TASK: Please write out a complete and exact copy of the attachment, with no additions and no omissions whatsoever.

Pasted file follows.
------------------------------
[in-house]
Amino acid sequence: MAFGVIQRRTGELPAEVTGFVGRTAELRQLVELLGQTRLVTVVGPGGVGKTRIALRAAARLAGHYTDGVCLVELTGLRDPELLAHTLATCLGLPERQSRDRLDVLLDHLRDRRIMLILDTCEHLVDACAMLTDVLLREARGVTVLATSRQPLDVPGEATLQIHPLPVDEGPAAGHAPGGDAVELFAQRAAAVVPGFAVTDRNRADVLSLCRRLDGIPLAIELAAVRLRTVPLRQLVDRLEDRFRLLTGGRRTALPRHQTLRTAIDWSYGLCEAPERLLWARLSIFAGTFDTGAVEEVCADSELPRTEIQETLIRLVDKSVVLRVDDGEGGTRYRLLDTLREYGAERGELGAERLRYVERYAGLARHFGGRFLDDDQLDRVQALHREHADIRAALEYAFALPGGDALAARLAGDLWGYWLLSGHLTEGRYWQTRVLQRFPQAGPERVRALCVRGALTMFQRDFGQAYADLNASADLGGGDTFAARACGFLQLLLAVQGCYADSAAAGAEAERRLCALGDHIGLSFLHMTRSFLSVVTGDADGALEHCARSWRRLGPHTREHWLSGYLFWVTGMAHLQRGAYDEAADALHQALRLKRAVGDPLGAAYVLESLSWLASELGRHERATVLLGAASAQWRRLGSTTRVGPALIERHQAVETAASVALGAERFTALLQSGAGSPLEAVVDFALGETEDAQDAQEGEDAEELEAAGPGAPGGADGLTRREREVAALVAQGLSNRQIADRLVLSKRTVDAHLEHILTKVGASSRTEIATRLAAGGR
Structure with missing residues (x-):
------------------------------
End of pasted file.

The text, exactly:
[in-house]
Amino acid sequence: MAFGVIQRRTGELPAEVTGFVGRTAELRQLVELLGQTRLVTVVGPGGVGKTRIALRAAARLAGHYTDGVCLVELTGLRDPELLAHTLATCLGLPERQSRDRLDVLLDHLRDRRIMLILDTCEHLVDACAMLTDVLLREARGVTVLATSRQPLDVPGEATLQIHPLPVDEGPAAGHAPGGDAVELFAQRAAAVVPGFAVTDRNRADVLSLCRRLDGIPLAIELAAVRLRTVPLRQLVDRLEDRFRLLTGGRRTALPRHQTLRTAIDWSYGLCEAPERLLWARLSIFAGTFDTGAVEEVCADSELPRTEIQETLIRLVDKSVVLRVDDGEGGTRYRLLDTLREYGAERGELGAERLRYVERYAGLARHFGGRFLDDDQLDRVQALHREHADIRAALEYAFALPGGDALAARLAGDLWGYWLLSGHLTEGRYWQTRVLQRFPQAGPERVRALCVRGALTMFQRDFGQAYADLNASADLGGGDTFAARACGFLQLLLAVQGCYADSAAAGAEAERRLCALGDHIGLSFLHMTRSFLSVVTGDADGALEHCARSWRRLGPHTREHWLSGYLFWVTGMAHLQRGAYDEAADALHQALRLKRAVGDPLGAAYVLESLSWLASELGRHERATVLLGAASAQWRRLGSTTRVGPALIERHQAVETAASVALGAERFTALLQSGAGSPLEAVVDFALGETEDAQDAQEGEDAEELEAAGPGAPGGADGLTRREREVAALVAQGLSNRQIADRLVLSKRTVDAHLEHILTKVGASSRTEIATRLAAGGR
Structure with missing residues (x-):